ISP Launches Third Digital Public Sphere White Paper Collection

New Haven aerial view

Today, the Information Society Project (ISP) at Yale Law School published “Uniformity and Fragmentation in the Digital Public Sphere,” a collection of six essays that explores the increasing uniformity of the global digital public sphere. This is the third collection of the ISP’s Digital Public Sphere white paper series, which is generously supported by the John S. and James L. Knight Foundation.

“This third instalment of our white paper series,” explained ISP Director Jack Balkin, Knight Professor of Constitutional Law and the First Amendment, “explores how state regulation of digital technologies and the digital power of private infrastructure companies have ramifying effects both regionally and around the world.”

The concentration of social media ownership means that a few companies’ rules govern mainstream online global communication. “Uniformity and Fragmentation” brings together essays by leading scholars that map this state of affairs and potential ways to deal with it. 

“These essays examine underexplored questions about the digital public sphere,” according to the collection’s editors Brenda Dvoskin and Sebastián Guidi. “They contribute a fresh perspective on the costs and benefits of fragmentation and uniformity in digital communications.”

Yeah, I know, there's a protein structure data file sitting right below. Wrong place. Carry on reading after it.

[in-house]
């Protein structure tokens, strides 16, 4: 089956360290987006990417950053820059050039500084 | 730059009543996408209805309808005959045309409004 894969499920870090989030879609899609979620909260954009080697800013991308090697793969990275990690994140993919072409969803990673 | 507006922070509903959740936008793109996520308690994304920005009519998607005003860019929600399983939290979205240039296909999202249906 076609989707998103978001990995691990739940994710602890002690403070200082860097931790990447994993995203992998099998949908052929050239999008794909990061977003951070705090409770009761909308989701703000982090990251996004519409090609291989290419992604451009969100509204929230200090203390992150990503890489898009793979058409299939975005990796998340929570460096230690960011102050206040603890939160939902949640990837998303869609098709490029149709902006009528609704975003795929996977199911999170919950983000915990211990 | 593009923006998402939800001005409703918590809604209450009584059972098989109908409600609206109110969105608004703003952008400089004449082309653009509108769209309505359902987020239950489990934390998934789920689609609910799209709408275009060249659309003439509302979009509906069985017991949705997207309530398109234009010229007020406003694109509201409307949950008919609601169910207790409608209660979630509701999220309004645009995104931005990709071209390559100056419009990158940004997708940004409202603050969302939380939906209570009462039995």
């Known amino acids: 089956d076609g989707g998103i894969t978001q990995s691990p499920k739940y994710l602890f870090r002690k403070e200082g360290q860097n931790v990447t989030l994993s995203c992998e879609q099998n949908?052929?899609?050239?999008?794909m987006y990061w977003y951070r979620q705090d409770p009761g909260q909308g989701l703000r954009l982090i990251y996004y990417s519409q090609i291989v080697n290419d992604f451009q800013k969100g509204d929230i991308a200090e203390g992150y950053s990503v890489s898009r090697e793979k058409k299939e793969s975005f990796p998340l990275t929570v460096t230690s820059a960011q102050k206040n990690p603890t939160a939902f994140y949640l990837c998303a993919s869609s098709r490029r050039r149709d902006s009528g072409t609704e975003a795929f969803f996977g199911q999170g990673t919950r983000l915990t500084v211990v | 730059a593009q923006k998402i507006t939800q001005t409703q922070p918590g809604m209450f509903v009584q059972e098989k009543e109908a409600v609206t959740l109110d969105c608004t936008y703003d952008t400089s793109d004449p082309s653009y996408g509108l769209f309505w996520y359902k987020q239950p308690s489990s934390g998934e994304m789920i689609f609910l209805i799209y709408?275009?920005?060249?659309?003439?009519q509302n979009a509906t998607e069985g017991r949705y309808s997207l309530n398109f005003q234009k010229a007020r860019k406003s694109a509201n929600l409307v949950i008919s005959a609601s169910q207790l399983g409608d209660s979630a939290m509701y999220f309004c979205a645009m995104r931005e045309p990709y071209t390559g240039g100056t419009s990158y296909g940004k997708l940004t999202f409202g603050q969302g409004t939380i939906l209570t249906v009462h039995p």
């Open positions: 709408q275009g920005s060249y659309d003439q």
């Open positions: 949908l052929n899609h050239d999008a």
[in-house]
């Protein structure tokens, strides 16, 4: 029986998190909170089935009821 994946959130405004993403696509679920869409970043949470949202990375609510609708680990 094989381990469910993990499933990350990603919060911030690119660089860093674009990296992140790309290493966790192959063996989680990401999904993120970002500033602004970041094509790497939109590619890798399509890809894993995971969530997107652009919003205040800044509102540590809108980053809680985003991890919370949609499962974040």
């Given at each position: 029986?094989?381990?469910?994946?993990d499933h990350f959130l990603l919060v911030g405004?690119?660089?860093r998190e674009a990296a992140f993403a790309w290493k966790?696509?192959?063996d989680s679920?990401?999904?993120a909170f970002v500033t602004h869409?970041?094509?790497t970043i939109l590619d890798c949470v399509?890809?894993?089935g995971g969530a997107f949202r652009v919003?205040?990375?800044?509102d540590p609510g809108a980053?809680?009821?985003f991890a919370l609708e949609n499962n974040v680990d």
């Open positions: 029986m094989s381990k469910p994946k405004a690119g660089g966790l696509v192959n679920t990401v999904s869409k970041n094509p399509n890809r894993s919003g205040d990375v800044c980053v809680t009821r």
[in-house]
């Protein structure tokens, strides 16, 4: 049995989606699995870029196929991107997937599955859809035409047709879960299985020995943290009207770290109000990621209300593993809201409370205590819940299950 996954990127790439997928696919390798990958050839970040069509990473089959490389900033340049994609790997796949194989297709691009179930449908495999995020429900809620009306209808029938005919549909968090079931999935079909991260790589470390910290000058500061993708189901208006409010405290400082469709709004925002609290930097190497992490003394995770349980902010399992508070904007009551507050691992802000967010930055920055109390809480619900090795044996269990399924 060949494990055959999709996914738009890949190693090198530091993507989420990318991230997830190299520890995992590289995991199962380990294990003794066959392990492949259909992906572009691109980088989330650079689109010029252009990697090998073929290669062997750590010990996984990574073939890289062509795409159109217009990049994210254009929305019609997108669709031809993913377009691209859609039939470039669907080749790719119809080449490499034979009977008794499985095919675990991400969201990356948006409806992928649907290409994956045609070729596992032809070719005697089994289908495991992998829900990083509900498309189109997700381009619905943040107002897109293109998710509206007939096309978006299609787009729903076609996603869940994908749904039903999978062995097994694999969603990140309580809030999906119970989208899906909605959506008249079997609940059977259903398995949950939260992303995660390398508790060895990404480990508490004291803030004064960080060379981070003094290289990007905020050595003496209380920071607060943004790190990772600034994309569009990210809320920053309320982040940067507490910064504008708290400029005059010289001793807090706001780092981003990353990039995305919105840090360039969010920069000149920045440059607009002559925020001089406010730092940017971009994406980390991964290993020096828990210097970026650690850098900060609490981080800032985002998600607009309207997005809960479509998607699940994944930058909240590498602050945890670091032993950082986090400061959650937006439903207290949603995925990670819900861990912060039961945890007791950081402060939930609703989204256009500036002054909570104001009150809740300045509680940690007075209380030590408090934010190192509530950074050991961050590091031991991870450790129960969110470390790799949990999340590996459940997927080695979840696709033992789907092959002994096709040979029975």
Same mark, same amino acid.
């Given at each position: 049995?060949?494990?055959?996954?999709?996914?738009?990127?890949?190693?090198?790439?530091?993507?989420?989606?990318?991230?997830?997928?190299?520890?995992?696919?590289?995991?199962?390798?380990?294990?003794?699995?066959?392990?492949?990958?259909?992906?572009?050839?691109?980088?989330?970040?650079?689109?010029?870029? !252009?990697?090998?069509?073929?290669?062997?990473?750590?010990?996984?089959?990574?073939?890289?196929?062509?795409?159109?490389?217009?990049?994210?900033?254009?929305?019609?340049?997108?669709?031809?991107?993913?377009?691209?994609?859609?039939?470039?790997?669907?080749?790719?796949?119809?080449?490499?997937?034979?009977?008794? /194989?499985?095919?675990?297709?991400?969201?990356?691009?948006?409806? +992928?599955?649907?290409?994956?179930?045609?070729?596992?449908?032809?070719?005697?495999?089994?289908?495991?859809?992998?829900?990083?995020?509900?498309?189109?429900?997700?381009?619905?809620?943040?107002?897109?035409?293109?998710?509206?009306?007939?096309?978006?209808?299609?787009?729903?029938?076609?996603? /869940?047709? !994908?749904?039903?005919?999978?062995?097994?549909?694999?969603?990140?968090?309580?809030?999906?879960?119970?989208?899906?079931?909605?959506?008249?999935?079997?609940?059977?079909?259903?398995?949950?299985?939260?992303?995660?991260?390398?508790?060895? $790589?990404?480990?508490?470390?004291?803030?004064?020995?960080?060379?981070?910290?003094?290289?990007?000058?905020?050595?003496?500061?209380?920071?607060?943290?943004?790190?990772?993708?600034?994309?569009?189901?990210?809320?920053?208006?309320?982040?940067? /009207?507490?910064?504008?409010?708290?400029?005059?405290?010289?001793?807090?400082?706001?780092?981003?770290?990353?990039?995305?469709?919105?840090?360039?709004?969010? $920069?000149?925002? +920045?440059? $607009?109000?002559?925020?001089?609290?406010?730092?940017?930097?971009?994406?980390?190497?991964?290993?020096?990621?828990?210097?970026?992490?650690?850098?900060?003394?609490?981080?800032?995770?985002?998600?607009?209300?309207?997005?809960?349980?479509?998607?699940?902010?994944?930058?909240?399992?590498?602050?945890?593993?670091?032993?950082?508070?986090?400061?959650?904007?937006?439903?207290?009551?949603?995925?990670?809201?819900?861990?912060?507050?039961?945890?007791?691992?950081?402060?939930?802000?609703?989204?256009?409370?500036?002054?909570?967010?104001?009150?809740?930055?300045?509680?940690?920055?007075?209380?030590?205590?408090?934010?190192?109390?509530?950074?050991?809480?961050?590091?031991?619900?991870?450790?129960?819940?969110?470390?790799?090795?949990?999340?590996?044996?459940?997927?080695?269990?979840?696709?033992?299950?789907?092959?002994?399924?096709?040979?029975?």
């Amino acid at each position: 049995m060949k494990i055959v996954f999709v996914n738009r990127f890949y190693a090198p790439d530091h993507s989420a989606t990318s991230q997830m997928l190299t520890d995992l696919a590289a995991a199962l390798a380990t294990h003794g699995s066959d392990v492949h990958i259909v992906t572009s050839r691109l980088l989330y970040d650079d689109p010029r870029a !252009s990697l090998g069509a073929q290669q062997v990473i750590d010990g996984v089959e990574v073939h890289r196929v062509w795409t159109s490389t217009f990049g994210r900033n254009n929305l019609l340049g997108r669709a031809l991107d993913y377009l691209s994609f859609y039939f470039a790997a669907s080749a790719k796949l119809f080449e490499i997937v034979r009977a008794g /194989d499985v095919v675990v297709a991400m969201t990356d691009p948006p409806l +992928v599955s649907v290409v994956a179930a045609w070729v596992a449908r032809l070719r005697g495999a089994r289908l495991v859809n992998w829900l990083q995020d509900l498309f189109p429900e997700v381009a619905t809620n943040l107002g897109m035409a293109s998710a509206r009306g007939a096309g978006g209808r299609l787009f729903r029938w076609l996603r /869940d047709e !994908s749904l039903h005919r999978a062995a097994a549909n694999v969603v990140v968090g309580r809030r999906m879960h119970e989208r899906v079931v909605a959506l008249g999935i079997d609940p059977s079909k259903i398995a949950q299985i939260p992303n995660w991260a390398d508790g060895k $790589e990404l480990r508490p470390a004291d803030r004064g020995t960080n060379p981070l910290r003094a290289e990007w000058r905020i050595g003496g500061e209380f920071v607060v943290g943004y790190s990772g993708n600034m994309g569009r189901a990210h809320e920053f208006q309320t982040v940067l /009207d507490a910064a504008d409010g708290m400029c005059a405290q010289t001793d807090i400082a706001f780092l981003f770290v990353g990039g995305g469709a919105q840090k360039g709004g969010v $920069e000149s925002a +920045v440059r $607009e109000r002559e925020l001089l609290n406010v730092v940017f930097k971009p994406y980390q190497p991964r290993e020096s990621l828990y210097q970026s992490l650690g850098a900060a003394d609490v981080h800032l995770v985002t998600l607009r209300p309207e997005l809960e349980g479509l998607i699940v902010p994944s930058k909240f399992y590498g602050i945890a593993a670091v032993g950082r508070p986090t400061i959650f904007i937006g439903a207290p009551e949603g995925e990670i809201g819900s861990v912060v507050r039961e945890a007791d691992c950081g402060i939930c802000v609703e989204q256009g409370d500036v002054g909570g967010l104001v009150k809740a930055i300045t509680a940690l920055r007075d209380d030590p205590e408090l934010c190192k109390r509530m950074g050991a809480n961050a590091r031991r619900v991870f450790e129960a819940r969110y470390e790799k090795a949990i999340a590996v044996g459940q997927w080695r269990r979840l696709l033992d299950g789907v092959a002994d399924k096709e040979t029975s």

In this collection, Julie Cohen interrogates current debates about content governance for the digital public sphere through the lens of infrastructure. Amanda Levendowski, Eun Hee Han, and Jonah Perlin explore teaching students to edit Wikipedia as an alternative to problematic data cartels. Kendra Albert outlines the history of the “community” in obscenity’s community standards doctrine, and Ayesha Rasheed argues that the recently passed content moderation bans in Texas and Florida violate the Dormant Commerce Clause. Gunther Teubner and Anna Beckers address the uniformity and fragmentation of liability regimes for algorithmic misconduct. Alexander Somek and Elisabeth Paar explain how digital media shape European Constitutional Law. 

The collection was commissioned and published in collaboration with the Yale Journal of Law and Technology (YJOLT).  

“At YJOLT, we are happy to consolidate our partnership with the ISP by publishing masterful contributions to crucial questions surrounding the social effects of platforms and platform regulation to the public sphere,” said the Journal’s editor-in-chief Rafael Nunes.

ISP Executive Director Chinmayi Arun thanked the ISP collaborators. "I am grateful to the authors and editors for this collection of brilliant papers that will inform important contemporary debates, and to the John S. and James L. Knight Foundation and the Yale Journal of Law and Technology for their support,” said Arun. 

The Information Society Project is an intellectual center at Yale Law School. It supports a community of interdisciplinary scholars who explore issues at the intersection of law, technology, and society.